You can navigate through errors in a formula using the F3 key to move to the next error or the key combination Shift+F3 to move to the previous error.

## Formulas over multiple lines

Suppose you want to create a formula that requires more than one line, for example $\begin{array}{c}x=3\\ y=1\end{array}$ . Your first reaction would be to press the Enter key. However, if you do that, the markup language in the Formula Editor goes to a new line, but the resulting formula does not have two lines. To add a new line to the formula you need to use the markup command newline.

Example

The examples below illustrate how the markup command newline can be used to add a new line to a formula. The first one simply adds an Enter to break the line in the markup language, which does not result in adding a new line. The second example uses the newline command, yielding a two-line formula.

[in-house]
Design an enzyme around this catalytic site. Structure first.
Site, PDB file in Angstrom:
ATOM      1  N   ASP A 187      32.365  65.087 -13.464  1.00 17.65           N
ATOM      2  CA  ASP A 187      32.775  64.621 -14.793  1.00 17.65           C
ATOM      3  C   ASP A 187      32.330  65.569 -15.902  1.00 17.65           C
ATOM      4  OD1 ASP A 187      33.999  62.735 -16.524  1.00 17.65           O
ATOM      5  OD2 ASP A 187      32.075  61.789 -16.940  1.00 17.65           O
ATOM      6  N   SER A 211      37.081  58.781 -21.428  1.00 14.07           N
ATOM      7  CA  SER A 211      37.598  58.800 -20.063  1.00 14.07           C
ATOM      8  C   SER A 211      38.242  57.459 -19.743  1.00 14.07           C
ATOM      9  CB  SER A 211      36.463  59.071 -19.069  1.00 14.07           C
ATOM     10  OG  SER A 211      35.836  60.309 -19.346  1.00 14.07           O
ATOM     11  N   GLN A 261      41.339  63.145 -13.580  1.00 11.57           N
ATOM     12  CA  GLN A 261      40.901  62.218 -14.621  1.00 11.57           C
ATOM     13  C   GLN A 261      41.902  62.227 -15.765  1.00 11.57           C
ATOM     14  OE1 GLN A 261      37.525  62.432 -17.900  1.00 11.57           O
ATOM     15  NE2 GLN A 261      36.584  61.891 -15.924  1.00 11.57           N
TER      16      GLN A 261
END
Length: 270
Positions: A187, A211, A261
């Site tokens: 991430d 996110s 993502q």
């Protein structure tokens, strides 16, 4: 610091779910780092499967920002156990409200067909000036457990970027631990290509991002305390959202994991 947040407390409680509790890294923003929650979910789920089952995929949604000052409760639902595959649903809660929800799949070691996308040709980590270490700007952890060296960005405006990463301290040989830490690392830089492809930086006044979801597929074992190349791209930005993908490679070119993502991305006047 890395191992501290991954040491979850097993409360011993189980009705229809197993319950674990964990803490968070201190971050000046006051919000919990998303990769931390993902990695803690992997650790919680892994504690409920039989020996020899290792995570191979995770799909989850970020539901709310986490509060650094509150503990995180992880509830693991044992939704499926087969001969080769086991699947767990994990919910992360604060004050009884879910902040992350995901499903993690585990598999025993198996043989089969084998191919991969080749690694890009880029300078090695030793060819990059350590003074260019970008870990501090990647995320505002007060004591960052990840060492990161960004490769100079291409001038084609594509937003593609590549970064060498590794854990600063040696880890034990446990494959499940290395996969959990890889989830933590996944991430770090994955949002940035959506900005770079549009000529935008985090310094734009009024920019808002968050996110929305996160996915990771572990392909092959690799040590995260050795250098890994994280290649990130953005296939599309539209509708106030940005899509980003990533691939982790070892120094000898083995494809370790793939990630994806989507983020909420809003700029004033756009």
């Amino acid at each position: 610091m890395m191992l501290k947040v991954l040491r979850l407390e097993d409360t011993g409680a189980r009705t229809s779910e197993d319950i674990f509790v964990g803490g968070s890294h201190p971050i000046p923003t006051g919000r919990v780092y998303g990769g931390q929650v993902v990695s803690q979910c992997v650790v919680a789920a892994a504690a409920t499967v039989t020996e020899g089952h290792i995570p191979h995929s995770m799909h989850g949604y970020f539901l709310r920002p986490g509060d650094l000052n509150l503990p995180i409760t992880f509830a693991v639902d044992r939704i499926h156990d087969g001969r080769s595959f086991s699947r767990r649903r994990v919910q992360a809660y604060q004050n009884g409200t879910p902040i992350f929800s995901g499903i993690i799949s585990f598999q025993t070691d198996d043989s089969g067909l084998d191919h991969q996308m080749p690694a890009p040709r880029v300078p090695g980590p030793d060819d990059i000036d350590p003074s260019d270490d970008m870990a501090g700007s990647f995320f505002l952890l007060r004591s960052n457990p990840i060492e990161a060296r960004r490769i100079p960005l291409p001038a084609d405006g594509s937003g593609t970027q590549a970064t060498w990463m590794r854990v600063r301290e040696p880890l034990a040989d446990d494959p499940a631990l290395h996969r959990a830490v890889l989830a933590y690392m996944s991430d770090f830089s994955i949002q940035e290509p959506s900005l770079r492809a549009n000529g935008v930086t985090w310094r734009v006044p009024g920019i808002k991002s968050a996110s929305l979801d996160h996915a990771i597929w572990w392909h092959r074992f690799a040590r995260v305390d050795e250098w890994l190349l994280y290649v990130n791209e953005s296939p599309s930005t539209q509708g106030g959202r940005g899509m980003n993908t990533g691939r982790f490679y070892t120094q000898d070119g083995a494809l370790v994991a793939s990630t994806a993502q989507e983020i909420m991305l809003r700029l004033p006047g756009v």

Markup Language Resulting Formula x = 3y = 1 $x=3y=1$ x = 3 newline y = 1 $x=3y=1$

It is not possible in Math to create multiple line formulas when a line ends with an equals sign and you want to continue the formula on a new line without completing the term on the right side of the equals sign. If you require a multiple line formula to have an equals sign at the end of a line without a term after the equals sign, then use either empty quotes “” or empty braces {} or the space characters grave ` or tilde ˜.

By default, a multiple line formula is center aligned. For more information on alignment using the equals sign, see “Customizationbelow.